I don’t think I want security cameras. I’ve installed an alarm but security cameras seem like a step too far. Like developing a siege mentality where you think the world is out to get you. I’m considering a fence but not sure if this is something I want to do right now.

Even better than any of these measures is asking my bible study group to pray for God’s protection over my house and garden. For non-believers this probably seems a bit weird but is quite a normal thing for Christians to ask for prayers for all sorts of things that are going on in their lives.

I’ve replanted the grasses but God knows whether they’ll be any good now. And it might take me a while to be at ease about the whole thing too. It’s not a pleasant feeling to know someone has been wandering on your property and vandalising it. But mum said grasses are hardy… So I guess I can be too.




The perils and joys of social media.

I’ve been a bit busy over the long weekend to write anything proper for #BlogJune. Between sorting out my garden, cleaning the house and spending large portions of yesterday following the #classic100 on twitter. It’s been full on… Mozart was robbed, robbed, I say.

Social media is both a blessing and curse. It lets you enjoy the fun of the classic 100 countdown but also is a massive waste of time. I’ve been reading this book called Happy Never After and it talks about the dopamine hit from social media; how it’s actually designed to make you care about how many likes, follows, shares, retweets etc.

I’ve noticed this myself, particularly on twitter. When I post something that gets liked I feel the need to refresh the app to see how it’s going. It’s unhealthy but no doubt taps into our need to be recognised, or liked or some such.

Of course it’s not all bad…  I talk to my friends on messenger apps and today I used Youtube to find out how to remove a halogen globe from my ceiling fan. But the mindless scrolling isn’t a great and when I feel the need to reach my iPad regularly even when doing other things – it’s not good.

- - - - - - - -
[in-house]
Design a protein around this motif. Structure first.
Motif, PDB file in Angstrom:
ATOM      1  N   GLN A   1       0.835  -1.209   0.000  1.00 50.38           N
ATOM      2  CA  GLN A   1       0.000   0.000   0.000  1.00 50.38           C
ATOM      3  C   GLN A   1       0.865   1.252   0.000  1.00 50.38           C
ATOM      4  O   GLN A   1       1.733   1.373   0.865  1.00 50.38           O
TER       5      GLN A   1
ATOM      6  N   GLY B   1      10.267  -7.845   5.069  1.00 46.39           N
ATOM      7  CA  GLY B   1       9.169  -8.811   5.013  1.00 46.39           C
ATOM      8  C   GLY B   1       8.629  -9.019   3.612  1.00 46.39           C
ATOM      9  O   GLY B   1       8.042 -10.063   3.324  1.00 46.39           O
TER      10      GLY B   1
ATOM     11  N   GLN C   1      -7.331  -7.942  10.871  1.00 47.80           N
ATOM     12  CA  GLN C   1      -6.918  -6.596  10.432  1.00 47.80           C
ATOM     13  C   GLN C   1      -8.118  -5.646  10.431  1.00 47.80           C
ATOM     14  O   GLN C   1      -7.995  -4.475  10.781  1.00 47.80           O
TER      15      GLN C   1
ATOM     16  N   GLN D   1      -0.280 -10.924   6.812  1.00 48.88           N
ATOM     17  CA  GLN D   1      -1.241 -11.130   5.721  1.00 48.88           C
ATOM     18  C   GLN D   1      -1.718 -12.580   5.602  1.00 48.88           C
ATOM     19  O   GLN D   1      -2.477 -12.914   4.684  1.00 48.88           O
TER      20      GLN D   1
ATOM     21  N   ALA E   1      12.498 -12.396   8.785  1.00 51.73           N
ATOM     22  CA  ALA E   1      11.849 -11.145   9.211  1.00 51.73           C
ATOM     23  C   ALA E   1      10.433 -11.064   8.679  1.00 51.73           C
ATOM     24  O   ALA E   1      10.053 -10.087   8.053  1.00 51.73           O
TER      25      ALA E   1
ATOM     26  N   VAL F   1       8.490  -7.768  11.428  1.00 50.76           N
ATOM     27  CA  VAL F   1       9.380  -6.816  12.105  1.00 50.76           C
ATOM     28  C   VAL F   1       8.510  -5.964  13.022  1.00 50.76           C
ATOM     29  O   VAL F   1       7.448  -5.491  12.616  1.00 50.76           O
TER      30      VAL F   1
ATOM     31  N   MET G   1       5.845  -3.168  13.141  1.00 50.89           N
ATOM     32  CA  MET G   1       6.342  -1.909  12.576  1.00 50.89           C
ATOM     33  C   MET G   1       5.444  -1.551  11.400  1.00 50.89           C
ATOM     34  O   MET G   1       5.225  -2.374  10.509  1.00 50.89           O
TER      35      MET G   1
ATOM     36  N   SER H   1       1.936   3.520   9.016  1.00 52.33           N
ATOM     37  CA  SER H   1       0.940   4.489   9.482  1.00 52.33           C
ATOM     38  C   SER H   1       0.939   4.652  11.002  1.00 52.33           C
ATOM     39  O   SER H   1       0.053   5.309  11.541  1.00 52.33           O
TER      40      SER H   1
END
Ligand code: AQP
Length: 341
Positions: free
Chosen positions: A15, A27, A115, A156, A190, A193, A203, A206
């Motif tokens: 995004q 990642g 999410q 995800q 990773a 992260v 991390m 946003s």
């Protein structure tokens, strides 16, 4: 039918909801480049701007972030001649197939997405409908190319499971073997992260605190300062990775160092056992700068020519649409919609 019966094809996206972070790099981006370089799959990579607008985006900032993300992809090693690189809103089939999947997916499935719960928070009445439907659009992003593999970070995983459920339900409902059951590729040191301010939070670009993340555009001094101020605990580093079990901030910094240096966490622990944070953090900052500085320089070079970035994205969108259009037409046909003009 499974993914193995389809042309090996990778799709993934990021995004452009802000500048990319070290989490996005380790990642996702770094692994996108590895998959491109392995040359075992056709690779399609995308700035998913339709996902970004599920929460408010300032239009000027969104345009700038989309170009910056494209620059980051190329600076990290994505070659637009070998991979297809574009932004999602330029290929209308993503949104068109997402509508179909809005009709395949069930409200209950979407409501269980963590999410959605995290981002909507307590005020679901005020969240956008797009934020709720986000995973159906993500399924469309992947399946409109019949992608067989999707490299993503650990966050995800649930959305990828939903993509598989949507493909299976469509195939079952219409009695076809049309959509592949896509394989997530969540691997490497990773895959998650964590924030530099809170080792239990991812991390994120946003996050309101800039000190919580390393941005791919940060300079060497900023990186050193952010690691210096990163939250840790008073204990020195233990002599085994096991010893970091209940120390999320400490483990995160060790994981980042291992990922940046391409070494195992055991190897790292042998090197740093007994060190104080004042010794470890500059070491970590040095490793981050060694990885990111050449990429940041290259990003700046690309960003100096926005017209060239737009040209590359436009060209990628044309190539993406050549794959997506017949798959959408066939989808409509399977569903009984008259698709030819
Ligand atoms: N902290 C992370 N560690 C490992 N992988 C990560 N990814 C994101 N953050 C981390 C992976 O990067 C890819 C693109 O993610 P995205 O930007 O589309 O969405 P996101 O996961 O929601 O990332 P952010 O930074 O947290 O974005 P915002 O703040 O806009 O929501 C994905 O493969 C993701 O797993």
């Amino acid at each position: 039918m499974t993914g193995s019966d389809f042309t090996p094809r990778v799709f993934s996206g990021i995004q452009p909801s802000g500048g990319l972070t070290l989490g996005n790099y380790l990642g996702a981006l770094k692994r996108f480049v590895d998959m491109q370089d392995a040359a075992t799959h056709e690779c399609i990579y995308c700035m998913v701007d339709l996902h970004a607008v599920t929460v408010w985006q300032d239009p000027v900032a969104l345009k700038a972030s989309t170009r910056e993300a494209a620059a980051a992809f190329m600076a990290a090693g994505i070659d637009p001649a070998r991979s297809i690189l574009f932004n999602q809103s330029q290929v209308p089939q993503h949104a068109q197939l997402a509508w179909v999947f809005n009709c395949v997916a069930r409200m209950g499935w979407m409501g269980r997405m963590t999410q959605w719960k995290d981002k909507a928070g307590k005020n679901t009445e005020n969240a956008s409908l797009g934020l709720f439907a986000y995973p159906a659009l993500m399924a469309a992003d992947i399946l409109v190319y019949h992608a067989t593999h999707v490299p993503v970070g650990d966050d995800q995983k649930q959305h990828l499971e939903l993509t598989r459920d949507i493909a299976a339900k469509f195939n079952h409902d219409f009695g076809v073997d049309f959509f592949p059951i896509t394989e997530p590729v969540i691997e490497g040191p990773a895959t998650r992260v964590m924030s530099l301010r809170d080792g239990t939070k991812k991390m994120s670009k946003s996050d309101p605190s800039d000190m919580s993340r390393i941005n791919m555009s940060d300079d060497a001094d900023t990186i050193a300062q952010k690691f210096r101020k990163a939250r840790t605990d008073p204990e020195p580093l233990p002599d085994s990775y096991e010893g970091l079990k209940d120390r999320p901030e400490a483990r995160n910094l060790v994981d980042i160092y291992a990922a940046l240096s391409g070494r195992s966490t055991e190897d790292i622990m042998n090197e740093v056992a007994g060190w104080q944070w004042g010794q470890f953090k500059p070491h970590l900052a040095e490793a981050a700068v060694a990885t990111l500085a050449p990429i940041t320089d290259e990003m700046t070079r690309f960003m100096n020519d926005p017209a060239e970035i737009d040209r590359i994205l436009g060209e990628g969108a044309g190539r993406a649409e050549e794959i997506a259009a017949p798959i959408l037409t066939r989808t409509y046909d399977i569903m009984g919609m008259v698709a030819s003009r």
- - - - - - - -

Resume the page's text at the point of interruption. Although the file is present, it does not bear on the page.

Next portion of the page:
I’ve installed software on my computer that allows me to block social media for a certain period of time. It’s called Cold Turkey, it’s really effective and a total pain in the arse. Once you have a block in place you can’t turn it off and you can’t delete the software. I accidentally put a block on for ten days once. Let’s just say I worked out how to delete the software but am now careful to not stuff it up again.

It’s a really effective tool for focussing on what you need to do. And by using it I’ve realised just how frequently I go to  Facebook or Twitter in the course of doing life stuff. When I’m writing something and stuck for a thought – I’ll go check twitter or Facebook, then come back start again. I’m almost doing it without thinking but with this blocker, I can’t access the site.  So now I’m trying to stay with what I’m doing but stop and gather my thoughts.

I need to work on getting the balance right. It’s a great tool to keep in touch with friends and family. One of the greatest things about social media is the world it opens up for you. I get most of my news now through social media and I couldn’t live without this. So I need it… But I don’t need to spend hours every day on it. And I certainly don’t need to wake up at 3am and think I’ll just check twitter as this will help me get back to sleep (an actual thing I did yesterday)

How to chop an onion without crying

I love Jamie Oliver, I own most of his cook books… I like how he now tries to cook for everyone rather than fancy pants 25 exotic ingredient that you only use once.

Back in his naked chef days, off camera a producer asked him how he managed to cut up onions without crying. He said something like he didn’t know but didn’t mind a good cry.

Chefs don’t cry when they cut up onions from what I’ve seen. I think it’s because they have the knife skills to cut it up pretty quickly.